The employee began working as a nursing assistant for Itasca Nursing Home [the employer] in 1984. He began experiencing pain in one or both shoulders in about 1988, and on April 29, 1991, and May 21, 1991, he sustained specific work-related injuries to his right shoulder. MRI scans of each shoulder were taken on July 18, 1991. The radiologist=s conclusion as to the employee=s left shoulder was Amild impingement upon the supra-spinatous tendon by the acromion and AC joint without significant tendinitis@; mild subdeltoid bursitis; and Atendinitis involving the subscapularis tendon with a possible partial thickness tear.@ As to the employee=s right shoulder, the radiologist noted Amild impingement upon the supraspinatous muscle by acromion and acromioclavicular joint without significant supraspinatous tendinitis or bursitis@ and Asevere tendinitis involving the subscapularis tendon with full-thickness tear of a portion of the supraspinatous tendon near its attachment to the humerus.@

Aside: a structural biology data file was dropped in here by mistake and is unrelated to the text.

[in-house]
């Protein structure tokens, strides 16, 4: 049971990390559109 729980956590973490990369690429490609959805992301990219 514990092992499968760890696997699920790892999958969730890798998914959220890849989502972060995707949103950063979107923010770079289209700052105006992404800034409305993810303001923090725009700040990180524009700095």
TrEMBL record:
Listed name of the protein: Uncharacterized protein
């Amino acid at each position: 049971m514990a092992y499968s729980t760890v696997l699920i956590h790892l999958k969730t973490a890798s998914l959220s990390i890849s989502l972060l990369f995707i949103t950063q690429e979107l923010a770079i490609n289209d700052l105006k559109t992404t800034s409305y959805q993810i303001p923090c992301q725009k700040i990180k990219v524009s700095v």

About a month after the MRI scans were performed, on August 26, 1991, the employee underwent right shoulder surgery, an arthrotomy with a partial acromionectomy and resection of the cortical acromial ligament. Following the surgery, the employee was off work entirely until about mid December of 1991 and then returned to essentially unrestricted duty in February of 1992. The employer and its insurer at the time, Lumbermen=s Underwriting Alliance [Lumbermen=s], apparently accepted liability for the employee=s right shoulder condition and paid various wage loss and medical expense benefits.
On February 27, 1992, the employee=s surgeon, Dr. Franklin Budd, issued a report indicating that maximum medical improvement [MMI] was anticipated on March 1, 1992. Dr. Budd also indicated that the employee=s final diagnosis was Aimpingement syndrome - tendinitis both shoulders,@ and he wrote, AI feel [the employee] does have permanent partial disability - but there is no category for his problem!!@